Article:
Al-Qaeda has had a voracious appetite to establish branches across the world, and attract more field and ideological leaders and recruited militants, which overburdened the central command in terms of oversight and control. Following the killing of Osama bin Laden in 2011, gaps have come to surface, and some branches and groups have begun to make their decisions unilaterally. The central command became too weak to control and take the lead of the organizational movement. As such, it became easy to infiltrate into or defect from the organization in such a way that some groups affiliated to the organization have become more dominant and hegemonic on the organization itself, and “the supporters of Sharia in Yemen” is a case in point. A previous organization that have gone through the same situation is the Organization of Jihad although its ideological and operational excessive expansion was the dominant characteristic. The organization was unable to expand geographically, except after its interim end. The expansion was of its members and leaders.
The same direction of events has been replicated in the case of ISIS, which has facilitated its collapse in the central and major areas, making its media helpless and futile after long periods of ups and downs.
- The Increasingly Growing Intervention of States: The strength of organizations, their operations and access to the field, economic and ideological control points, and the downright damage brought about glaringly to the states require more holistic and intensive intervention than that required in previous stages in the battle against organizations, especially in the presence of stable states and institutions. Organizations grow more active in the most turbulent and vulnerable areas, and become weaker in the more cohesive regions.
When the state started to besiege and fight the Jihad Group in a holistic manner, the state was able to force them to enter the interim phase despite the human losses by the state, as it overcame the crisis under cohesive institutions.
The same applies to Al-Qaeda in its areas; although the Organization benefited from the experience of "Jihad Group" and tried to avoid collapse in stable countries, it eventually was not steadfast. An example is "Al-Qaeda in the land of the Two Holy Mosques". This branch was for the Organization and its senior leaders a cornerstone for future growth and an ideological pivot, but Saudi Arabia was able to dismantle this Organization, and even force it to change its structure. Consequently, the organization changed its name to "Al-Qaeda in Arabian Peninsula" in 2009, and moved its centers outside Saudi Arabia; No focal points of the organization has remained in Saudi Arabia following fierce and continual battles with it since 2003.
This is what is happening now to ISIS in Iraq, Libya and Marawi – the Philippines; it lost control, its centers collapsed, and was forced to change course.
- "Societies become more aware and regain consciousness when they discover the realities of extremist organizations. Consequently, these organizations lose community empathy and get stifled in all their circles. " Community Awareness: popularity and empathy of community make up the largest incubator for organizations. Once the organization loses this incubator, it becomes then stifled in all its circles. It begins moving, escaping, lurking, hiding and concealing. It also loses recruits, sympathizers and loyalists. This happens only after the organization dares to carry out brutal operations claiming the lives of innocent civil people and soldiers, such as guards of buildings and checkpoints. Societies are awakening and come to discover the realities of the organizations when such dangers get closer to these societies and when they feel the loss of their mainstays, especially young people, who are members in these organizations and become enemies of their home countries.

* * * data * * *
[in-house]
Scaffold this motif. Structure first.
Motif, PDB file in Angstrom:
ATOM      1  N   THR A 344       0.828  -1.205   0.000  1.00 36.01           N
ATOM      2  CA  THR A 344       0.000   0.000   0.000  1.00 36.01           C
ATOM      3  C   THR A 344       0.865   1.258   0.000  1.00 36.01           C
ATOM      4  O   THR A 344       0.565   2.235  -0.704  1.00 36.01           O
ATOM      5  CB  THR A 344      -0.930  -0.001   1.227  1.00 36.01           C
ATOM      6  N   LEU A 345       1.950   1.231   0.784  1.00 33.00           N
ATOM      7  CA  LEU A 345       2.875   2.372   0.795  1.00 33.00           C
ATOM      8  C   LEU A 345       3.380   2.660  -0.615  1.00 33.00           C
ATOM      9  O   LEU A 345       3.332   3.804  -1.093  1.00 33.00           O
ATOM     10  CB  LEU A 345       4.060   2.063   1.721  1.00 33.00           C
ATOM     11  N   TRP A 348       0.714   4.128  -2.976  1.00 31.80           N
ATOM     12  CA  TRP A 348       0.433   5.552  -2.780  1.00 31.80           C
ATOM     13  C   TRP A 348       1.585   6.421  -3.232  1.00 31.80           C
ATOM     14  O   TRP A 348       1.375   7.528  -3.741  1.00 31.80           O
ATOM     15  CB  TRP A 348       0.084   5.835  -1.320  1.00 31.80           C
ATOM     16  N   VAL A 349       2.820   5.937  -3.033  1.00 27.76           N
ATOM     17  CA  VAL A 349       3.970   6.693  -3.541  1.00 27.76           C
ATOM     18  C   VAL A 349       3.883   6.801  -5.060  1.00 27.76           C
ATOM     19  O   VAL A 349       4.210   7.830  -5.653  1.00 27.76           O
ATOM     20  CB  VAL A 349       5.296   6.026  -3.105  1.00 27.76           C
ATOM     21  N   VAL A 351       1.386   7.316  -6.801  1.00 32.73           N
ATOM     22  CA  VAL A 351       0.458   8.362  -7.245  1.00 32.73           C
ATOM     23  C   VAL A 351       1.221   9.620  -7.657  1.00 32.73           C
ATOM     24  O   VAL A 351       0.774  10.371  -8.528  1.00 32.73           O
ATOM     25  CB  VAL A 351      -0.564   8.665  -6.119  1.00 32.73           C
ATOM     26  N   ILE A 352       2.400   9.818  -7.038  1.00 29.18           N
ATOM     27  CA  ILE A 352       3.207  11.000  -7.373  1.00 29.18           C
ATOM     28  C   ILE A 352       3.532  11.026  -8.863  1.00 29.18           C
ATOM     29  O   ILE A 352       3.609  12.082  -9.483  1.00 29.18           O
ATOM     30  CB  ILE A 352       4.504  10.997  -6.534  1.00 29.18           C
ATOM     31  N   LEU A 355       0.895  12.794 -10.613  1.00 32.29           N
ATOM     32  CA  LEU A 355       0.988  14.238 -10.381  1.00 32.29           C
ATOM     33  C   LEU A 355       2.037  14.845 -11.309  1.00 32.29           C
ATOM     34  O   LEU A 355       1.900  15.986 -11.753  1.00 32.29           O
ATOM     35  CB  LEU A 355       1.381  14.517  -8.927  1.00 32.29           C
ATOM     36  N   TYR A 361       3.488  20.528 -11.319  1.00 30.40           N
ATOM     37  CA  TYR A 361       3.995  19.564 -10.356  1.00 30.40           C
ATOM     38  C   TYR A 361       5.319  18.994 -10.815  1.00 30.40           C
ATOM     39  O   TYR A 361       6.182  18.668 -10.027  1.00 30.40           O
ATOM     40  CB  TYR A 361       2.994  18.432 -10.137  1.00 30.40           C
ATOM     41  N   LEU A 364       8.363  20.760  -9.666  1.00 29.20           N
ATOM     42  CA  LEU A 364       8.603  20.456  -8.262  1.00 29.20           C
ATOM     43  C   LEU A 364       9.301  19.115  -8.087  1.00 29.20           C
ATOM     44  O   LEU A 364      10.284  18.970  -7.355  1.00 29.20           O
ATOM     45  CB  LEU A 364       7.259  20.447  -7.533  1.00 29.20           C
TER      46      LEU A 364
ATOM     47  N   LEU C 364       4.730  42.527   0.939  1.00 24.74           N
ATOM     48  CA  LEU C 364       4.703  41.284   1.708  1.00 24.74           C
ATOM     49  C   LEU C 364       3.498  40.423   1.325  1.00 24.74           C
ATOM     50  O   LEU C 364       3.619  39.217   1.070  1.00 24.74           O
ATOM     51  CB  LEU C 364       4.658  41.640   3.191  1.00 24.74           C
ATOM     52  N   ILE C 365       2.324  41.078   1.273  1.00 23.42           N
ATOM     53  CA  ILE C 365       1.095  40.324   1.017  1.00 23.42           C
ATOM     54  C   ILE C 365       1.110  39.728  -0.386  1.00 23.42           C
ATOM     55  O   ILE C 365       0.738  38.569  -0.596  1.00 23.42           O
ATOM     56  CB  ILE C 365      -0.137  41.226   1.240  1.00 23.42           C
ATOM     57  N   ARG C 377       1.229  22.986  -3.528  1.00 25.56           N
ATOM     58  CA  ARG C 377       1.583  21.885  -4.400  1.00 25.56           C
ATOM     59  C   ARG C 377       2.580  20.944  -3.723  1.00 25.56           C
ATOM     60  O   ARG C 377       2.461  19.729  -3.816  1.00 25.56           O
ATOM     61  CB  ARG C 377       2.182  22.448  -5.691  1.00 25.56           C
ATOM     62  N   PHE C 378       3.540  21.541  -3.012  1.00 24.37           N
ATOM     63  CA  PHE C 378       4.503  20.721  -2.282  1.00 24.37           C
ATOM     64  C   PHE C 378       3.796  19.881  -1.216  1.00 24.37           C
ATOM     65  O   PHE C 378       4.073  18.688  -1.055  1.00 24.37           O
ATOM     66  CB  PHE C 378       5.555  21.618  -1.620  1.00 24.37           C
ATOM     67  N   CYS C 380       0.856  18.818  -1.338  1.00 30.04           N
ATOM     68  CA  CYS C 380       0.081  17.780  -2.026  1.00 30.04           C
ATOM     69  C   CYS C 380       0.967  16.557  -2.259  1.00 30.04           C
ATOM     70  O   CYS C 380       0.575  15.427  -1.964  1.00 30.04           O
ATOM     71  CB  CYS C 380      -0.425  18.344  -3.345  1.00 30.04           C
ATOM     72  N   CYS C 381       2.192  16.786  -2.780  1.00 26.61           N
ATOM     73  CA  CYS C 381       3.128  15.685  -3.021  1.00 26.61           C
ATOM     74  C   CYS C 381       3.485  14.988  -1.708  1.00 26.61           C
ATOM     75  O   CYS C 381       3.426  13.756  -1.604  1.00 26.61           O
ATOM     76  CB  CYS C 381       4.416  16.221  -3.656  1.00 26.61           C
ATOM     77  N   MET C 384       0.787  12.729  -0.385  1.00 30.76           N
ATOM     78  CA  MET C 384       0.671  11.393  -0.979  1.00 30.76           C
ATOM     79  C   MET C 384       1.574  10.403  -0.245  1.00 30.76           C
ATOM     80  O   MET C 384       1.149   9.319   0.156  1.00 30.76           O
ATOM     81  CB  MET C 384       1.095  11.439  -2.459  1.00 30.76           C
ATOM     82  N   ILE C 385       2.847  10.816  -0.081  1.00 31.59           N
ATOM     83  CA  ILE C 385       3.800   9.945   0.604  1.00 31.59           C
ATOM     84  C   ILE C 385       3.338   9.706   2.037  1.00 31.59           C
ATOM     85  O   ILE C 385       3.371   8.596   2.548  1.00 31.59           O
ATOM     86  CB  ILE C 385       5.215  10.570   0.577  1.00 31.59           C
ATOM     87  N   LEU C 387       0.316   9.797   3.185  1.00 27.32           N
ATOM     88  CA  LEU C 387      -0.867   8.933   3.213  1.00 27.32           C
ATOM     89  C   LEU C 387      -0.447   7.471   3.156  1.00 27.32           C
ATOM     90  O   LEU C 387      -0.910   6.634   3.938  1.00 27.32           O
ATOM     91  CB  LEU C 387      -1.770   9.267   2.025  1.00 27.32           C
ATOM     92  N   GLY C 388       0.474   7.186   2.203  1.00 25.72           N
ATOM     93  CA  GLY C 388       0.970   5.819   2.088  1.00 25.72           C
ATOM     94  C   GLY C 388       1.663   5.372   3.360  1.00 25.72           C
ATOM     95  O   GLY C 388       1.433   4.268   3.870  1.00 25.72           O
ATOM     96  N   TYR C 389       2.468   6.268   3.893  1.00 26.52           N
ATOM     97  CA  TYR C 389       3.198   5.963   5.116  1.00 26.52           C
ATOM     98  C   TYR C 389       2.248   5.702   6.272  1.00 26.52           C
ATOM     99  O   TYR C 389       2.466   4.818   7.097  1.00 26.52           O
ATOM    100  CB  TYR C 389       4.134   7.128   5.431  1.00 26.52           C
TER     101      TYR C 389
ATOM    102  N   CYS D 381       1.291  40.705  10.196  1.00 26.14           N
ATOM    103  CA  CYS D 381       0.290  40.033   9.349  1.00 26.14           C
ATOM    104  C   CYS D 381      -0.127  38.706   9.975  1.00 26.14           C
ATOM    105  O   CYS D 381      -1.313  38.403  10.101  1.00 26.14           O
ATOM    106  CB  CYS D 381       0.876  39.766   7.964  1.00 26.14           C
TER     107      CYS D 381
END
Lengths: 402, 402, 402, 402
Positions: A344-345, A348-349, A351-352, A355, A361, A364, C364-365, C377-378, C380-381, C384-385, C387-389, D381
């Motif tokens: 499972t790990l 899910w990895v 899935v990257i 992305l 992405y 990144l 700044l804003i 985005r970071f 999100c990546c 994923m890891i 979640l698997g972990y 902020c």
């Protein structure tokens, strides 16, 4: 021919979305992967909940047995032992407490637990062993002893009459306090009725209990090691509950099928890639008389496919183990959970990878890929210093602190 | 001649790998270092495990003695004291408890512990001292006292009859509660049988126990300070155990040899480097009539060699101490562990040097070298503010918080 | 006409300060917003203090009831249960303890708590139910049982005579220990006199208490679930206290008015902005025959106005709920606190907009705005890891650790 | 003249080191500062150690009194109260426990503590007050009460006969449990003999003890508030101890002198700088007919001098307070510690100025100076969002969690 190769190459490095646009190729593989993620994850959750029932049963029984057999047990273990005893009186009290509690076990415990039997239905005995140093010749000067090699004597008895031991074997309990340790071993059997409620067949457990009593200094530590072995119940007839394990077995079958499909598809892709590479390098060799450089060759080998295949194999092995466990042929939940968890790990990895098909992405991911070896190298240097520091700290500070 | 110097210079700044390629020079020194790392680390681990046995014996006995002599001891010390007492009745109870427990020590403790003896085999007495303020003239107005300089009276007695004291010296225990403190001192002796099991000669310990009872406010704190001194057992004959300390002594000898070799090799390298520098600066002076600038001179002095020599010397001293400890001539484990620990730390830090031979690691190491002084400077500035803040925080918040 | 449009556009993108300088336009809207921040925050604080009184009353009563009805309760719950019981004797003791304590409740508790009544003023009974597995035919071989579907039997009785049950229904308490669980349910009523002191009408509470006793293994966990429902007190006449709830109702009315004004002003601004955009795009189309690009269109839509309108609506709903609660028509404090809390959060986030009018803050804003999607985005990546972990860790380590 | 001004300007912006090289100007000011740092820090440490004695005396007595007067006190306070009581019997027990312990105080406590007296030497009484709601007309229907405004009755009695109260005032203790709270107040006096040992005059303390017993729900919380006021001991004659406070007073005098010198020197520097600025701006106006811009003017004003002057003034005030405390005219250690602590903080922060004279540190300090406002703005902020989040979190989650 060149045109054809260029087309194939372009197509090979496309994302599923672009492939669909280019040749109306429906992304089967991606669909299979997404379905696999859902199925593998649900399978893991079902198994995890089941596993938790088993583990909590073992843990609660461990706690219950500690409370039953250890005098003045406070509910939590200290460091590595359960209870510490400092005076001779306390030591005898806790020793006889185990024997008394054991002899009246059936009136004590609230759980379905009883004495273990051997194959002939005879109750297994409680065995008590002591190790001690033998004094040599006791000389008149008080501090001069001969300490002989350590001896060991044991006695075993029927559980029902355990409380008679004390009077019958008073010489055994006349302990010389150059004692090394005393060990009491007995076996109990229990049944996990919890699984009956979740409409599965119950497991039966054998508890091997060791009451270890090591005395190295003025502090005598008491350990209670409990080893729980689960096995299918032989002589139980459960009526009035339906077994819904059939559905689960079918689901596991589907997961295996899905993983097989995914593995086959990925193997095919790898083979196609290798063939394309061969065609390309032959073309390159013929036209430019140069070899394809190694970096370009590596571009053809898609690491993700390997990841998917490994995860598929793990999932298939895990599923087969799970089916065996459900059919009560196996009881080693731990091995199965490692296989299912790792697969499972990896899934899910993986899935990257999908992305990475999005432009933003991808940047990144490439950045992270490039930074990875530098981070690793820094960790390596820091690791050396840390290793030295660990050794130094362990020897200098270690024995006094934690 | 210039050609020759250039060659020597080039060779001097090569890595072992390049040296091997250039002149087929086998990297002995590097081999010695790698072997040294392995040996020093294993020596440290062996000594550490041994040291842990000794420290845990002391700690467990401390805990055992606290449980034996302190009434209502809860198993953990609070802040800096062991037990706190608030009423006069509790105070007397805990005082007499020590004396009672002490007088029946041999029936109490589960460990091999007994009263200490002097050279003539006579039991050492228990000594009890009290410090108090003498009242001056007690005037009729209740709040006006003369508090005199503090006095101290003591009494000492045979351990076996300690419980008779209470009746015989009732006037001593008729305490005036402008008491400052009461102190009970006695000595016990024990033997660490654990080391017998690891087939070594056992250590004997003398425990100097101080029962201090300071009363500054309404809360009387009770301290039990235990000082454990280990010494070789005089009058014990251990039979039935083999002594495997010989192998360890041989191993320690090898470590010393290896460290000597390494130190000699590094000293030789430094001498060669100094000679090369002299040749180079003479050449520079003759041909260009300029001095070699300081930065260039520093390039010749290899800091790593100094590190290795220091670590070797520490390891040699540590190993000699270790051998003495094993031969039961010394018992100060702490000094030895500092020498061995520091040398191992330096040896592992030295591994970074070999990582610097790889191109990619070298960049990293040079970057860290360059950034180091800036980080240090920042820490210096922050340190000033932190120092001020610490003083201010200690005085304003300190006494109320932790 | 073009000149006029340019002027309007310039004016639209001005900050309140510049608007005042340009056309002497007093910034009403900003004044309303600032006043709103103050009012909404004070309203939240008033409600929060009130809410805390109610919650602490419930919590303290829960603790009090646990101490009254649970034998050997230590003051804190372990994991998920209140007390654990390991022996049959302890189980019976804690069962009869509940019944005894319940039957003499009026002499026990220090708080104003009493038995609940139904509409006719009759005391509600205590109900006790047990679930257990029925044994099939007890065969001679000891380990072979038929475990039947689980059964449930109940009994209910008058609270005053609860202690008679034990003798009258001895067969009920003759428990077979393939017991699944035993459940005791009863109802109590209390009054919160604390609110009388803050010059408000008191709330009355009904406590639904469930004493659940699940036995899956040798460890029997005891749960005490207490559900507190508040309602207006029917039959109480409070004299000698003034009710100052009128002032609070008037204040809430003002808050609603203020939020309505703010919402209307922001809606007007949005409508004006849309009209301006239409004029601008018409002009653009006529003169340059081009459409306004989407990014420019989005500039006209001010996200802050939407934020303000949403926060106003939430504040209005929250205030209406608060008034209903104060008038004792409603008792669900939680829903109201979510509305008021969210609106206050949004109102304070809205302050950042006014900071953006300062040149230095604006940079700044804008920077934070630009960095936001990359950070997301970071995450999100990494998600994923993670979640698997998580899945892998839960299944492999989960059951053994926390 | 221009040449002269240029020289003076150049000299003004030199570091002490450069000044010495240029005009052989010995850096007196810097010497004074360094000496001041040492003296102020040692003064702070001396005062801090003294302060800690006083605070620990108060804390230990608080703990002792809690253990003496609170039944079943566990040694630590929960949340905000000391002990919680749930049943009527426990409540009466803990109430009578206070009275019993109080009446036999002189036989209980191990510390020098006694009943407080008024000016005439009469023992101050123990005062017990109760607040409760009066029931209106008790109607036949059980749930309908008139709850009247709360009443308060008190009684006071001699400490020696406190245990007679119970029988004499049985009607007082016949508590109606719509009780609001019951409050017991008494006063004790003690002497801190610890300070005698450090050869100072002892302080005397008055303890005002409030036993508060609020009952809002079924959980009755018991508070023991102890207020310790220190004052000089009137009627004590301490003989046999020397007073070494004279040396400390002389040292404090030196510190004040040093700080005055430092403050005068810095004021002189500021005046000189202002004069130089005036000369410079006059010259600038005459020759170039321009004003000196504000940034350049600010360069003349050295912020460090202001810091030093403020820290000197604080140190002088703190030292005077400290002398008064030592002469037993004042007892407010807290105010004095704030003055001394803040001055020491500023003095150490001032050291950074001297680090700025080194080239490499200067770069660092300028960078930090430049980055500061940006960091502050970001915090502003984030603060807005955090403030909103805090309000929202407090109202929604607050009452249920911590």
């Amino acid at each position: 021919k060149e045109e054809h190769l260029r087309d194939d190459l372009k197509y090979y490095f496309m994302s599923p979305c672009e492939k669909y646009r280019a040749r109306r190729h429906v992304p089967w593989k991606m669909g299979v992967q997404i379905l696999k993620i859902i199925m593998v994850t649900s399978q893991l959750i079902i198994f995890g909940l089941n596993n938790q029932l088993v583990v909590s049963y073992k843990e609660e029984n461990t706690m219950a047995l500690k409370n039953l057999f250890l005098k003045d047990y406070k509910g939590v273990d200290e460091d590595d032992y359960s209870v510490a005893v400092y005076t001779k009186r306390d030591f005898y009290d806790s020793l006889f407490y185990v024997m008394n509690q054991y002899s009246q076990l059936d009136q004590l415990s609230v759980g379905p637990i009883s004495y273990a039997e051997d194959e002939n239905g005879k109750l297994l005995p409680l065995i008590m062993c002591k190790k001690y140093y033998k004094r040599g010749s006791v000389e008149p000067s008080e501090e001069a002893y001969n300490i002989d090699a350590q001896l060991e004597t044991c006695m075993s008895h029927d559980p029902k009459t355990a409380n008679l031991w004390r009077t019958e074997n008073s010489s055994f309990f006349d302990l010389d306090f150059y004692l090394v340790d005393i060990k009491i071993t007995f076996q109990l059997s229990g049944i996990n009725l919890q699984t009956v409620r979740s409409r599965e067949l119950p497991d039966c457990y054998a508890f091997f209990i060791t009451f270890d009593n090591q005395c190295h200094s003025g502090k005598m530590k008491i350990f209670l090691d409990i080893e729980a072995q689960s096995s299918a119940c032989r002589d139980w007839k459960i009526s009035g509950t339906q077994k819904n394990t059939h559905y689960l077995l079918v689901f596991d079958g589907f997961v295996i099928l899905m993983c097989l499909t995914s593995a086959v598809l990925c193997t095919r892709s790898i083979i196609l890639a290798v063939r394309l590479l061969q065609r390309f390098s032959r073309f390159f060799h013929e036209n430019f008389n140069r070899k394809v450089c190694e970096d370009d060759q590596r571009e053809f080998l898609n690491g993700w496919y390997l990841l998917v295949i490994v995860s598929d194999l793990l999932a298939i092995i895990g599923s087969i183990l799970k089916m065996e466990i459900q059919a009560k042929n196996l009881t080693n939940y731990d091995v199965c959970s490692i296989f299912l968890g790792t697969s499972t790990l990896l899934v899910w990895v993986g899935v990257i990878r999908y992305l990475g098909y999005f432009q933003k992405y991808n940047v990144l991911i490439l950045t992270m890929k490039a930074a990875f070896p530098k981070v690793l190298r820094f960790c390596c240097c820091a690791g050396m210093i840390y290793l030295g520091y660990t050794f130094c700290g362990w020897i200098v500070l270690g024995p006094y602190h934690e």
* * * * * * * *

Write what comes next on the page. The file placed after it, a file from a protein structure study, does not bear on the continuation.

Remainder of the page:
This is the same point to which Al-Qaeda has been alerted; Al-Qaeda accordingly has ordered its branches not to carry out any attacks that would raise social anger. Neverthess, it was too late and the organization leadership's control power became feeble.
Organizations have not chosen to enter into this stage and this phase, but they are trying to adapt, change and alter its methodology in order to survive, which is what most of the leaders of the organizations call "tactical withdrawal". This withdrawal and change go as follows:
"We must not allow terrorist organizations to choose their phase ends; rather, we must force them on pathways that limit their formation, expansion and the readjusting of their ideology and methodology."
Global scattering, through small cells, building new groups, social ties, and hidden expansions.
Strengthening some branches, especially those in tribal or troubled areas.
Integrating under other groups, where ideological convergence or similarity is not required; what is important at this phase is affiliation and providing a cover-up. This mode is more common among individuals and ethnic agglomerated groups.
Reconfiguration in an organization or a new formation. The Jihadi Group, for instance, has pushed toward establishing a new formation, which contributed to the emergence of Al-Qaeda. By the same token, Al-Qaeda has pushed in the same direction across its branches in Iraq and Syria which contributed to the emergence of "ISIS" and "Al-Nusra Front (Jabhat al-Nusra)". Leaders with personal agenda often take on this new formation.
Alliance with "pro-terrorist" states and regimes, to protect leaders and their families and to preserve the human assets of the organization. This has happened to Al-Qaeda with the Iranian regime, which has provided Al-Qaeda leaders with protection and containment, and even set up special camps for the organization along with training and care.
These formations make us emphasize the term "phase end" because it is a period of transition and change that takes its time span to return again in a different way. This impedes organizations, especially ISIS, from taking their time range in one of these pathways. We must not allow terrorist organizations to choose their phase ends; rather, we must force them on pathways that limit their formation, expansion and the readjusting of their ideology and methodology.